This morning, I left my alarm off (a true luxury) and let myself wake up whenever I happened to (6:08AM, for the record.) I pulled on my running shorts, laced up my shoes, headed out the door, and took my first running steps. As my pace picked up, I found myself thinkng:
My job is to stand in my power. My in-the-moment power.
My job is to find the response between stimulus and action. It could be the moment before I choose to feel frustrated about the administrative or mathematical sides of being self-employed. It could be right after my brain says “ITS PEANUT BUTTER JELLY TIME!”
Standing in my strength, to me, means the acknowledgement that I not only have the power to make positive and negative choices, but also that I have the power to enjoy my life or not. When I say “I wanted to do XYZ (let’s say XYZ is write) but instead I did ABC (cruised Facebook) because I juuuust couldn’t help it and now I feel terrible about my action”, well- that just downplays the fact that I am the one that chooses the things that I do and also that my choices help me to live a life of agency.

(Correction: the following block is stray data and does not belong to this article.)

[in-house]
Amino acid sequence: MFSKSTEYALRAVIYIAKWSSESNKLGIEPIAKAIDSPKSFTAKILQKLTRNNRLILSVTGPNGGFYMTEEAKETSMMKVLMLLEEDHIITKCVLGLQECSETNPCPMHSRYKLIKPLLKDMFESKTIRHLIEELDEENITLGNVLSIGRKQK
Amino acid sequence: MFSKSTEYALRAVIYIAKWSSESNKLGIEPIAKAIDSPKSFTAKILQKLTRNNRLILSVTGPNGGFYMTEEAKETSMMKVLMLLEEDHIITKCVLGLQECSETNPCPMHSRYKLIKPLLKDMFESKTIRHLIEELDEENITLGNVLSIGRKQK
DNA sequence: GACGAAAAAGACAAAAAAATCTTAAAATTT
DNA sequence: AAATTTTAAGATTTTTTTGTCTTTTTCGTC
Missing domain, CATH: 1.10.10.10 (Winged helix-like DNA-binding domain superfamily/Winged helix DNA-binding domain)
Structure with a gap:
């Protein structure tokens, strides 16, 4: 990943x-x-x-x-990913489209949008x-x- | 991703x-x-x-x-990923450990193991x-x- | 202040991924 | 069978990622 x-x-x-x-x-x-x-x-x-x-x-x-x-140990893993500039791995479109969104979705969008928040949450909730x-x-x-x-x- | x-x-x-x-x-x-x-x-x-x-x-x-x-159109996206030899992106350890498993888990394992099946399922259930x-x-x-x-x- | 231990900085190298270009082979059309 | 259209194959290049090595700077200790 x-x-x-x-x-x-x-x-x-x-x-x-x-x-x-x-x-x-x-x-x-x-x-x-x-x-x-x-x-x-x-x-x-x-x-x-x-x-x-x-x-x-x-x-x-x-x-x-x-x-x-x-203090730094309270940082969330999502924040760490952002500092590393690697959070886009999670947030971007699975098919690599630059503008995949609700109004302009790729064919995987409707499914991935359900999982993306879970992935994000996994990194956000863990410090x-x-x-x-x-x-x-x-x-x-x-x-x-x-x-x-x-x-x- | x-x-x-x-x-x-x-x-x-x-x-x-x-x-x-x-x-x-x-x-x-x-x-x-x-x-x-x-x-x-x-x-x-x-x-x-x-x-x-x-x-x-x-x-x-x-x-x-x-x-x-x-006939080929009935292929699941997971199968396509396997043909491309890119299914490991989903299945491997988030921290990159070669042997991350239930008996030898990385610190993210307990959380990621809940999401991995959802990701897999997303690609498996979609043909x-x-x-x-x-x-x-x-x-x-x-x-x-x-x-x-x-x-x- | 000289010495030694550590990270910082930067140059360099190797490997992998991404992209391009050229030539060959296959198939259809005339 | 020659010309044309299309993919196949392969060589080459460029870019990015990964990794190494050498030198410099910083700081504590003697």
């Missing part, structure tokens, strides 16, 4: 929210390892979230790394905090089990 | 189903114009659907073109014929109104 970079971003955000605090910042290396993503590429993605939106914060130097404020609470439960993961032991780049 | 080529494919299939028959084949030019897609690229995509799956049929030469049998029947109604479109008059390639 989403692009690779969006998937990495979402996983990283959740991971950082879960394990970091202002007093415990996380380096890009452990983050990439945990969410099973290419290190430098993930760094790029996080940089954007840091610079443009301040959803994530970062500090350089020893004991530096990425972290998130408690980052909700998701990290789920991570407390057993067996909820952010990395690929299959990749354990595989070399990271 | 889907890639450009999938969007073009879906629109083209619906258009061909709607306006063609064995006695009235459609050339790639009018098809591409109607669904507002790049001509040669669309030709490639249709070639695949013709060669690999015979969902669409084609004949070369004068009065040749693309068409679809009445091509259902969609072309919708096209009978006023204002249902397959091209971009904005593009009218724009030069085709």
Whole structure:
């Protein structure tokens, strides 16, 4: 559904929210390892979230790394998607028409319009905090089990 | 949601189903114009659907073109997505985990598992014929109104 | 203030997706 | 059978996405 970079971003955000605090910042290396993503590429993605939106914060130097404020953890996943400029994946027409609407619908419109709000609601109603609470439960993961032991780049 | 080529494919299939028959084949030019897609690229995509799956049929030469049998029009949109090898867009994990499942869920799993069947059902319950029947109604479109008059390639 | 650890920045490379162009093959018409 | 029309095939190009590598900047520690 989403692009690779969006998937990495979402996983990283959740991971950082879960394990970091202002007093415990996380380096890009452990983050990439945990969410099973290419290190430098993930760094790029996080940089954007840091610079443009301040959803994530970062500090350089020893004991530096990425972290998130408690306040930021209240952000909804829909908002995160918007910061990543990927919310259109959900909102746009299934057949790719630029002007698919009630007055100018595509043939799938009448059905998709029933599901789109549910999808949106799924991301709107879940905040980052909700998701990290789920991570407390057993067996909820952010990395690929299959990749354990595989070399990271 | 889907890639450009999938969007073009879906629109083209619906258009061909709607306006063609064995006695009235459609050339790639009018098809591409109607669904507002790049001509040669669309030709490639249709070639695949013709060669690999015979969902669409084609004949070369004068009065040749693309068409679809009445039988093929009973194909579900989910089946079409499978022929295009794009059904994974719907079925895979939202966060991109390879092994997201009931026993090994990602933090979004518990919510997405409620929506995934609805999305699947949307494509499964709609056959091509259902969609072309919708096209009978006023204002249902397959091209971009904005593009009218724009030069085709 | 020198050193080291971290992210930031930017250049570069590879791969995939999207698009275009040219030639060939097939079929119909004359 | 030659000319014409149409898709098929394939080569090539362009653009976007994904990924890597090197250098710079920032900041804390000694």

I get to choose what I do and how I feel about how I spend my time. This is a privilege that not everyone has, and I don’t want to give it away to craving.
If you are able, (like not in the face of horrible police brutality in Baltimore, or horrific natural disaster in Nepal, or not experiencing a similarly disempowering situation) I think its wise to OWN your life, in a serious capacity. Standing in your strength is the crux of that.
I just got home from my run, and now I’m asking myself : what would I crave, that I already have, if I didn’t have it? What can I appreciate and focus on right now?